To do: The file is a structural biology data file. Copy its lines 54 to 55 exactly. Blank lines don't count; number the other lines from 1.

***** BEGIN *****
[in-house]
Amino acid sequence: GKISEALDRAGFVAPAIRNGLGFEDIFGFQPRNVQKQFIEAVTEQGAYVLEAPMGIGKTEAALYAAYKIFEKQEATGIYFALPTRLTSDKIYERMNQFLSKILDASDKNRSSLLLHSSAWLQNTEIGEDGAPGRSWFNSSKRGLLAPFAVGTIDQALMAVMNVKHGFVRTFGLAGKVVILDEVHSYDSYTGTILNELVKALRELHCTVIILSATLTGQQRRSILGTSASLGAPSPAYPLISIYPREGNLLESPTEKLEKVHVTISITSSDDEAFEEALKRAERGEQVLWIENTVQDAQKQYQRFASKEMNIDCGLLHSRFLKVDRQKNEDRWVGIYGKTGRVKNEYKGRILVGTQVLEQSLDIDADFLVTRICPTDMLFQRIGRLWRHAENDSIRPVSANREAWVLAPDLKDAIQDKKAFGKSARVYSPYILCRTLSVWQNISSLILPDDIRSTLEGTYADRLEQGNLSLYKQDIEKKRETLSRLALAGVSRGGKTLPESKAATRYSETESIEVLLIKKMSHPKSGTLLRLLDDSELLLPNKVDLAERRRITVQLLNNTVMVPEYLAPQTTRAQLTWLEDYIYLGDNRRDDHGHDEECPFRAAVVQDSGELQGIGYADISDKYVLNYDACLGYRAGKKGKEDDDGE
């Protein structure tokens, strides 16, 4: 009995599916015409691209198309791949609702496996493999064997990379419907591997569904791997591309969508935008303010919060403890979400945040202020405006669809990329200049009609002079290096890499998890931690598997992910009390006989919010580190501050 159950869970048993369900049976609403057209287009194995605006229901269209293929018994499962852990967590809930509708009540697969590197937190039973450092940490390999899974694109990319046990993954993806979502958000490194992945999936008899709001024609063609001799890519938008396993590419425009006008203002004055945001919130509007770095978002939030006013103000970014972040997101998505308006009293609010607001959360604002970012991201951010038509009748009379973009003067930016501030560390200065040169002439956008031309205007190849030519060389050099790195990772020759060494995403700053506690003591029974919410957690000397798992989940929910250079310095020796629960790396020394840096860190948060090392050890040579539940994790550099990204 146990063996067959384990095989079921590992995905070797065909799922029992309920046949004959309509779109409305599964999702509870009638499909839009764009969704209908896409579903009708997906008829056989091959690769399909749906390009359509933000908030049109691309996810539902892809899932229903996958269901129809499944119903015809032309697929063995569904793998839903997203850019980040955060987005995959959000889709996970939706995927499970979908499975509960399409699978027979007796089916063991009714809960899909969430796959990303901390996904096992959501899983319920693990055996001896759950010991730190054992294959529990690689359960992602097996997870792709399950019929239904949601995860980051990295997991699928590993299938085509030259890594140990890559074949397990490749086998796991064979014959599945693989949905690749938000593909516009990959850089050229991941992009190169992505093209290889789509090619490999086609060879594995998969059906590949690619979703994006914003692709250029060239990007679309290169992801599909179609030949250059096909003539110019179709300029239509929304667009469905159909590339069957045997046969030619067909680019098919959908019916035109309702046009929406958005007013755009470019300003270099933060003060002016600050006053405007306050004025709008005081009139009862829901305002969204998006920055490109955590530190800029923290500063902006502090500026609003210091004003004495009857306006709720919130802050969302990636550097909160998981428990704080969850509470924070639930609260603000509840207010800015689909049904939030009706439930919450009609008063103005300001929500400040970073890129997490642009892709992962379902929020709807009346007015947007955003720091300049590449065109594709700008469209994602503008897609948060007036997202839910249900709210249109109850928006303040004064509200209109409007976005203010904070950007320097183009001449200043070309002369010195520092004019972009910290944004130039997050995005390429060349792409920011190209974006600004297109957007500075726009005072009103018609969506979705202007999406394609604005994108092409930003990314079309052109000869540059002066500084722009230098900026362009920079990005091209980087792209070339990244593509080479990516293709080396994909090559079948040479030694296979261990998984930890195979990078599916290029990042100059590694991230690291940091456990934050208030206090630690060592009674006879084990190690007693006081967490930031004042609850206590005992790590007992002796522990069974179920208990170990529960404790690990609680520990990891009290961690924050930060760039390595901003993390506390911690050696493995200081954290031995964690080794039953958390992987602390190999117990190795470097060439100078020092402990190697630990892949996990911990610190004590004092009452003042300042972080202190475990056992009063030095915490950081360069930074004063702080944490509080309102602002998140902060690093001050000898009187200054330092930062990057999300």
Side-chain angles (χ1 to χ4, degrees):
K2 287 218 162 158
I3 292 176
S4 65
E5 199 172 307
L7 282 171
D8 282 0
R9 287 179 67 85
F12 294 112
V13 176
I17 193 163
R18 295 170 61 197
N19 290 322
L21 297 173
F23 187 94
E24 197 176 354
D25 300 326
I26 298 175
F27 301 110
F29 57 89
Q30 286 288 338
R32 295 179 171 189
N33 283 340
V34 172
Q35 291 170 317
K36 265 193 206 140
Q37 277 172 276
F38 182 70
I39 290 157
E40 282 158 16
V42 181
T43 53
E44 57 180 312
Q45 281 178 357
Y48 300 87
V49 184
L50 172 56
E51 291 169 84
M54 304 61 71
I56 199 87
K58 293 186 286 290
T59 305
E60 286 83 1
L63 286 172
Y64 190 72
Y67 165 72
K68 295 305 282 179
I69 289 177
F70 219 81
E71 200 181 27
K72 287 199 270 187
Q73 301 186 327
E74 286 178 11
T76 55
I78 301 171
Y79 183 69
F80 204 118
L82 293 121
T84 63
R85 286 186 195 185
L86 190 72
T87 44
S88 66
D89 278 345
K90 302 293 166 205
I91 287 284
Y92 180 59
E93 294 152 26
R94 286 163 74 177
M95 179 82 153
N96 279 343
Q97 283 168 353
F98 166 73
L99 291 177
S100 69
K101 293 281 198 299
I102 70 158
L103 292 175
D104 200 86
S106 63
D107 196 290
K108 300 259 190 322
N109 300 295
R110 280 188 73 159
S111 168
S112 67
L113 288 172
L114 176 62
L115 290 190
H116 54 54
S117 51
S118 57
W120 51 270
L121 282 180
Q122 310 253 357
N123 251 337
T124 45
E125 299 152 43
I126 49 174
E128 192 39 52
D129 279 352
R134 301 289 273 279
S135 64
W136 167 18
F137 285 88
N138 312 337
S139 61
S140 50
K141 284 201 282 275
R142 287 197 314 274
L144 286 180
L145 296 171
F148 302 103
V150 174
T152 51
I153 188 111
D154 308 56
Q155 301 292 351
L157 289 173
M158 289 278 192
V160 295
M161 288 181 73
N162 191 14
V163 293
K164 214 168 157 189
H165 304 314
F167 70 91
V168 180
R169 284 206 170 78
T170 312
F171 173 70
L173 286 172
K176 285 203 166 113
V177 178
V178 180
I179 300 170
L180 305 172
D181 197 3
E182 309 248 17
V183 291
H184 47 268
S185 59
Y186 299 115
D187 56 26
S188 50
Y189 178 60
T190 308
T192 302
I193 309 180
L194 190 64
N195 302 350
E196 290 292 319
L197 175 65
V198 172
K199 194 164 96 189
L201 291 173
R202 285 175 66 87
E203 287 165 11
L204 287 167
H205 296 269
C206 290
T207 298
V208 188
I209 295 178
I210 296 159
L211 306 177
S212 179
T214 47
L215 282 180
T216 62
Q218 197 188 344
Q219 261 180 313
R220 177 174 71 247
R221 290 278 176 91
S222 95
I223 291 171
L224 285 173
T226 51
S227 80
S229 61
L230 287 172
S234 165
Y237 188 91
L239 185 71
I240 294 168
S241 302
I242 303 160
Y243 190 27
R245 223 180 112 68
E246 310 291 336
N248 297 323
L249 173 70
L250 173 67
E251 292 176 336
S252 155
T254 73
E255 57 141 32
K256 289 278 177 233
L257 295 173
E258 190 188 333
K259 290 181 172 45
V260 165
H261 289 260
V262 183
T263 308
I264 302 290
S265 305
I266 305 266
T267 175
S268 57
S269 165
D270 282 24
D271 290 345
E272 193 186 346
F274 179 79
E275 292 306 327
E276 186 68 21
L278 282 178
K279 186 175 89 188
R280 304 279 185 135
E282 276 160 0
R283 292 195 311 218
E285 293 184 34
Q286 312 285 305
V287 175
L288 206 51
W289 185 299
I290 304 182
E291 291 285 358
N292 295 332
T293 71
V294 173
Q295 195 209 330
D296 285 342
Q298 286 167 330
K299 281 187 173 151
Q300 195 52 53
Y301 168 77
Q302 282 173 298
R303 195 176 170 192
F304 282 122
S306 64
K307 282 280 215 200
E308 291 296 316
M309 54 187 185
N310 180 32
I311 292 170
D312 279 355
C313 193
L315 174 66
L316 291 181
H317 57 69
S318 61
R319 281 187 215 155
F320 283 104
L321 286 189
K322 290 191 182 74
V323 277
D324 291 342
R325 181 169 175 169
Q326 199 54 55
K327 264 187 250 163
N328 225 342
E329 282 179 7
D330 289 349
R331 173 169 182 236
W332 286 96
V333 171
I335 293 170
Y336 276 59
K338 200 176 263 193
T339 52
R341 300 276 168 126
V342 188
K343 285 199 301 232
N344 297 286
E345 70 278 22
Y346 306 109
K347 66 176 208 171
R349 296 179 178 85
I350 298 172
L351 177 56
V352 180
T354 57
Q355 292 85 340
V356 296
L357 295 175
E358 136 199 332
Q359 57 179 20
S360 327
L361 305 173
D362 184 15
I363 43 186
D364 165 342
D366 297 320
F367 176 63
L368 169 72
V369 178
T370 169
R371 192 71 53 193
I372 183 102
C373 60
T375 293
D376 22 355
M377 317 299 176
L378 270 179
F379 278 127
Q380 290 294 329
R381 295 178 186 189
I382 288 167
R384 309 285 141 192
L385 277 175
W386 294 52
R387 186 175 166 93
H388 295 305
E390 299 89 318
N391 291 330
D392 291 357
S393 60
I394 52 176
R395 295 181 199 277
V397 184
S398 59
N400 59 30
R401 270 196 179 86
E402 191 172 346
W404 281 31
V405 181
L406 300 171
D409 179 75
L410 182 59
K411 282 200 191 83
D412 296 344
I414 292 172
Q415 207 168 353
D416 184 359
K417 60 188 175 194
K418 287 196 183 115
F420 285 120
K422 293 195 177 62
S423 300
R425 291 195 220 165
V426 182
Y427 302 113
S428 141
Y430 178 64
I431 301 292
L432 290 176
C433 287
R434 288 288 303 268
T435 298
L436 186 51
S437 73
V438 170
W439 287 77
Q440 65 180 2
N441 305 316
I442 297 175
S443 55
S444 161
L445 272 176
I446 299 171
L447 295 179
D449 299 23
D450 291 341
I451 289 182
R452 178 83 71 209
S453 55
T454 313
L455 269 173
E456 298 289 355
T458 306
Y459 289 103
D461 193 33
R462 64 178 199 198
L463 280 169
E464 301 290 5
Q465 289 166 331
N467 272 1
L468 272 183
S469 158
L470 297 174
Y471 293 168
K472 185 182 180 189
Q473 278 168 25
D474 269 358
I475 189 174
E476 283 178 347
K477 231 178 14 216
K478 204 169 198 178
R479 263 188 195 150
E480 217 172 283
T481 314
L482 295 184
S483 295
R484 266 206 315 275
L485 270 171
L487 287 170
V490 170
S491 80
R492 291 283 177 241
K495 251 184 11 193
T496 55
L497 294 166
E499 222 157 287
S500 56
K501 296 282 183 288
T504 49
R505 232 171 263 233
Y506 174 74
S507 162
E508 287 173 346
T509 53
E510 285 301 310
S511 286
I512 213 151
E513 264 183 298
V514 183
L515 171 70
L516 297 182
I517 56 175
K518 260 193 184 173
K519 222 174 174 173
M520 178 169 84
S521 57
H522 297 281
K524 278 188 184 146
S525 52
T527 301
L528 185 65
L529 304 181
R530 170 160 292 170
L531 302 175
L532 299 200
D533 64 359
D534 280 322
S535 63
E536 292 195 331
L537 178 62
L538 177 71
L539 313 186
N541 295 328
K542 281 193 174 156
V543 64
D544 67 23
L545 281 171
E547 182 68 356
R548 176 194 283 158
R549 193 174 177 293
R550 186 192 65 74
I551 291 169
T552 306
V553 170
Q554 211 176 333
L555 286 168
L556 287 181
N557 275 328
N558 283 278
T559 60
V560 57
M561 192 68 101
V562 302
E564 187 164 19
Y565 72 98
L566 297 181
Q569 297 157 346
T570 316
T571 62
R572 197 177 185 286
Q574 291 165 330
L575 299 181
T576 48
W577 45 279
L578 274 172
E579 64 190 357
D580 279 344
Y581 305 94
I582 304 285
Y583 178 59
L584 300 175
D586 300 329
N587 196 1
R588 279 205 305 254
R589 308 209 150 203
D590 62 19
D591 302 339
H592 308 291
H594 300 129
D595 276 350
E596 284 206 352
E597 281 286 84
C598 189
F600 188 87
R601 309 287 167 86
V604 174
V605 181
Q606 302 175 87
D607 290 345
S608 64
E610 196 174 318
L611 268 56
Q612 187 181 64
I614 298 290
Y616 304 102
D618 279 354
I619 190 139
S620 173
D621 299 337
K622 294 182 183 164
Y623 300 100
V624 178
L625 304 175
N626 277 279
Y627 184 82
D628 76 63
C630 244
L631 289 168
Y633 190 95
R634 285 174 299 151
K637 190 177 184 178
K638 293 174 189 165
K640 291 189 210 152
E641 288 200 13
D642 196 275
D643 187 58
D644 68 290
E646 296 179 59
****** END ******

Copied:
K72 287 199 270 187
Q73 301 186 327